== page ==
Students will profit from two other major rethinkings underway, concerning admissions and tuition. Olin College of Engineering, founded in 2001 in Needham, Massachusetts, has not only abolished academic departments and tenure for professors. It's also abolished tuition for all of its 300 students, financing teaching expenses through its $460 million endowment. The idea is to give students more freedom in choosing their careers without having to worry about paying off debt. Back at ASU, meanwhile, Crow promises to keep admissions inclusive even as the school's academic rating rises. He says the ultraselective admissions policies of schools like Harvard and Yale mean they merely refine youngsters whose success was already virtually guaranteed. Training those less sure to get ahead is far more valuable, he argues. And new studies back him up, showing that achievement differentials—that is, the "value added" to human capital by attending college—are actually higher at good-quality schools with less selective admissions than they are at the Ivies. "Not moving to more selective admissions is the most radical thing we're doing," says Crow. He's not the only one thinking in such terms; Stanford's Katz says she too is reevaluating the admissions strategy.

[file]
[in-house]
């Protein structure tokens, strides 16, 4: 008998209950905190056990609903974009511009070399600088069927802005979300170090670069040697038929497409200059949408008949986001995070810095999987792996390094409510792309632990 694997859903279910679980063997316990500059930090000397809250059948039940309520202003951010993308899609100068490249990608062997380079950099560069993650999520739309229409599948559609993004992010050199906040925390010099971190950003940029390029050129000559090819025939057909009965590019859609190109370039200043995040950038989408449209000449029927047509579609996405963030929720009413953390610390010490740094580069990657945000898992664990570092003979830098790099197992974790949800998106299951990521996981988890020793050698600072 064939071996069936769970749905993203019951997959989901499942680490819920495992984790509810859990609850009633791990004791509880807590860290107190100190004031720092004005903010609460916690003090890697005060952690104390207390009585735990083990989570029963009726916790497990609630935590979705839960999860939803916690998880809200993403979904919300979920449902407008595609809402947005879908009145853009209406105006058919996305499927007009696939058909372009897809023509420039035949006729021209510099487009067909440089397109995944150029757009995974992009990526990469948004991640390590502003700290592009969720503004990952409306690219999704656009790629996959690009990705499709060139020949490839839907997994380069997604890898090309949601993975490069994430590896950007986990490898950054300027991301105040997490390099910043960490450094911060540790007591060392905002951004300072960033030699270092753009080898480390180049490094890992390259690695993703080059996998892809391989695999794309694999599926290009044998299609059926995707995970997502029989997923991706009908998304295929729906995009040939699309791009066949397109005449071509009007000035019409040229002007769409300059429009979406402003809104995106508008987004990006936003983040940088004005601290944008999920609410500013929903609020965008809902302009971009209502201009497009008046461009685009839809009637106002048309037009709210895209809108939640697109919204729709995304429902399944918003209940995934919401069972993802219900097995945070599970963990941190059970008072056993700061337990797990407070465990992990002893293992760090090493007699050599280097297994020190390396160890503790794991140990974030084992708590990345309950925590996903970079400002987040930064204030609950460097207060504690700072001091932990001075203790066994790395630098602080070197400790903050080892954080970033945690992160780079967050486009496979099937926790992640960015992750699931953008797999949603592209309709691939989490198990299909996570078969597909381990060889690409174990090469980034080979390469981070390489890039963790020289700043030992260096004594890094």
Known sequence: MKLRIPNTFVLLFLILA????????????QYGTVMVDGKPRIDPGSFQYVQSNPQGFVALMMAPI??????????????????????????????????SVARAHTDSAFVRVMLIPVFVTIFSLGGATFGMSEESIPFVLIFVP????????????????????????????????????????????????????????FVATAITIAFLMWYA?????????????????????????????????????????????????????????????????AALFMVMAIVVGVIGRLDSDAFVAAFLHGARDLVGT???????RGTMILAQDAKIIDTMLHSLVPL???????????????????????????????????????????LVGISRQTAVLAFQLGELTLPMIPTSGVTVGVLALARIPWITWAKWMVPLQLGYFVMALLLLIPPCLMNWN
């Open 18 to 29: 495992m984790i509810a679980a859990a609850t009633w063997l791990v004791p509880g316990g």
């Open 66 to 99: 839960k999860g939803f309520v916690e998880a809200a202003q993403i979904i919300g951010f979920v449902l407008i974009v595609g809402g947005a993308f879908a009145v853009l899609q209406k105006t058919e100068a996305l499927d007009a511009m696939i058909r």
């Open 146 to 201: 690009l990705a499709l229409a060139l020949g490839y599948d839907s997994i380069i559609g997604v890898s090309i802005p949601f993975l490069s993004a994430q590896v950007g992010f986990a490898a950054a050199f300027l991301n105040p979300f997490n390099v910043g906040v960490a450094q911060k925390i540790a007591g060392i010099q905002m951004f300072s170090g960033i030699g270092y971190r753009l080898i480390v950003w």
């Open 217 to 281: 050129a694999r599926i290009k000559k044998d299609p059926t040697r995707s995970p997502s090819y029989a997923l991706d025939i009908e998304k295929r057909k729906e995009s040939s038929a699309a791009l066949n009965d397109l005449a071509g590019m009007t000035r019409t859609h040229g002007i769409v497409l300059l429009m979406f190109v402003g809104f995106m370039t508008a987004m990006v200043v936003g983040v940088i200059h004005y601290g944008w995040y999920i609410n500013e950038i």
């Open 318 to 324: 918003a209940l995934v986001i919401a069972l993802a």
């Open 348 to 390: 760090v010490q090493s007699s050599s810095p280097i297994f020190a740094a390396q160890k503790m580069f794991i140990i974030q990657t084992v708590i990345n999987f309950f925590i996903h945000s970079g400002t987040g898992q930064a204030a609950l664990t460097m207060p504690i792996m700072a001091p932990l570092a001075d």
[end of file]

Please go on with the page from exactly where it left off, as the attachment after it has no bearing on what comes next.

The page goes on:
Of course, not everyone's a fan of these developments. Some professors have criticized Crow for turning ASU into a "corporate university" that focuses on spin-off revenue instead of academic learning. And there's a tension, says Max Planck's Audretsch, between universities trying to help the overall economy and their function as reservoirs and generators of basic learning. "The knowledge economy requires we get more out of our universities while keeping them great and not turning them into vocational colleges," he says. Stanford's Katz warns that amid all the moves to promote interdisciplinary thinking, there is a risk of connecting too many dots and losing sight of the need for solid data and science. Yet Crow is no more radical than the innovators who helped create the modern university in Germany in the 19th century, fusing teaching and research in new ways. If he can keep things in balance like they did, today's schools, students and the societies they serve could all profit from the process.